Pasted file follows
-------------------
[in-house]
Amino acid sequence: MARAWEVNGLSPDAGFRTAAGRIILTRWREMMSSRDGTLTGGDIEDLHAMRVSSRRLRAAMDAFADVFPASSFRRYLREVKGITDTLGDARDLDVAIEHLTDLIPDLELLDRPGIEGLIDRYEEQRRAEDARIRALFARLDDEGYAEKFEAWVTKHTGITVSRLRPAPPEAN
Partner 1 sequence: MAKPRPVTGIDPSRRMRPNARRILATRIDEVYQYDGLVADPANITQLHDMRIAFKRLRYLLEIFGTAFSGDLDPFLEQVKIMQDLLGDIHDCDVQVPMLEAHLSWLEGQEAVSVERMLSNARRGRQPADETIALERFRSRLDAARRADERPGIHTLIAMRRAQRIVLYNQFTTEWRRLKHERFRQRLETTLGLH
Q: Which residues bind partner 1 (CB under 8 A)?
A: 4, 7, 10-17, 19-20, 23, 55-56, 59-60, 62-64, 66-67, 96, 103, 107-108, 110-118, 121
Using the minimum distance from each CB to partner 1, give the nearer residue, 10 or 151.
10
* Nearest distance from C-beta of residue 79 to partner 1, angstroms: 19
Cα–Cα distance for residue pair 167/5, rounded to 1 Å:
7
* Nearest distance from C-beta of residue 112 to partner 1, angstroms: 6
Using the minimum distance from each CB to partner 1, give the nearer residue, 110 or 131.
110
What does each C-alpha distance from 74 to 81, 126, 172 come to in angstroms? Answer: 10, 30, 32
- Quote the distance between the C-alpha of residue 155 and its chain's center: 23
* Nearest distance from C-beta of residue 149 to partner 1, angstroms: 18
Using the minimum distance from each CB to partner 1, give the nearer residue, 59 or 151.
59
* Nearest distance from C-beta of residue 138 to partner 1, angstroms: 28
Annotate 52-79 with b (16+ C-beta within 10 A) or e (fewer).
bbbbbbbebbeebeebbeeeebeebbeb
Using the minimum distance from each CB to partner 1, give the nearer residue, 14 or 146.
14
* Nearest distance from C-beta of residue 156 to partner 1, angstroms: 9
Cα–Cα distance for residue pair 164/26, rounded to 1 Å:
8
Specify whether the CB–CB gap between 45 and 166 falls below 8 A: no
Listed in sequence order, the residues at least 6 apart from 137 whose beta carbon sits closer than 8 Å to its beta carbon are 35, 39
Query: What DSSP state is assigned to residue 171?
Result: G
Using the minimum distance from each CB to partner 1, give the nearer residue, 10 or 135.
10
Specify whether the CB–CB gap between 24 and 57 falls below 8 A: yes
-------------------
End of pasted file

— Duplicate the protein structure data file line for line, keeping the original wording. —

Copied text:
[in-house]
Amino acid sequence: MARAWEVNGLSPDAGFRTAAGRIILTRWREMMSSRDGTLTGGDIEDLHAMRVSSRRLRAAMDAFADVFPASSFRRYLREVKGITDTLGDARDLDVAIEHLTDLIPDLELLDRPGIEGLIDRYEEQRRAEDARIRALFARLDDEGYAEKFEAWVTKHTGITVSRLRPAPPEAN
Partner 1 sequence: MAKPRPVTGIDPSRRMRPNARRILATRIDEVYQYDGLVADPANITQLHDMRIAFKRLRYLLEIFGTAFSGDLDPFLEQVKIMQDLLGDIHDCDVQVPMLEAHLSWLEGQEAVSVERMLSNARRGRQPADETIALERFRSRLDAARRADERPGIHTLIAMRRAQRIVLYNQFTTEWRRLKHERFRQRLETTLGLH
Q: Which residues bind partner 1 (CB under 8 A)?
A: 4, 7, 10-17, 19-20, 23, 55-56, 59-60, 62-64, 66-67, 96, 103, 107-108, 110-118, 121
Using the minimum distance from each CB to partner 1, give the nearer residue, 10 or 151.
10
* Nearest distance from C-beta of residue 79 to partner 1, angstroms: 19
Cα–Cα distance for residue pair 167/5, rounded to 1 Å:
7
* Nearest distance from C-beta of residue 112 to partner 1, angstroms: 6
Using the minimum distance from each CB to partner 1, give the nearer residue, 110 or 131.
110
What does each C-alpha distance from 74 to 81, 126, 172 come to in angstroms? Answer: 10, 30, 32
- Quote the distance between the C-alpha of residue 155 and its chain's center: 23
* Nearest distance from C-beta of residue 149 to partner 1, angstroms: 18
Using the minimum distance from each CB to partner 1, give the nearer residue, 59 or 151.
59
* Nearest distance from C-beta of residue 138 to partner 1, angstroms: 28
Annotate 52-79 with b (16+ C-beta within 10 A) or e (fewer).
bbbbbbbebbeebeebbeeeebeebbeb
Using the minimum distance from each CB to partner 1, give the nearer residue, 14 or 146.
14
* Nearest distance from C-beta of residue 156 to partner 1, angstroms: 9
Cα–Cα distance for residue pair 164/26, rounded to 1 Å:
8
Specify whether the CB–CB gap between 45 and 166 falls below 8 A: no
Listed in sequence order, the residues at least 6 apart from 137 whose beta carbon sits closer than 8 Å to its beta carbon are 35, 39
Query: What DSSP state is assigned to residue 171?
Result: G
Using the minimum distance from each CB to partner 1, give the nearer residue, 10 or 135.
10
Specify whether the CB–CB gap between 24 and 57 falls below 8 A: yes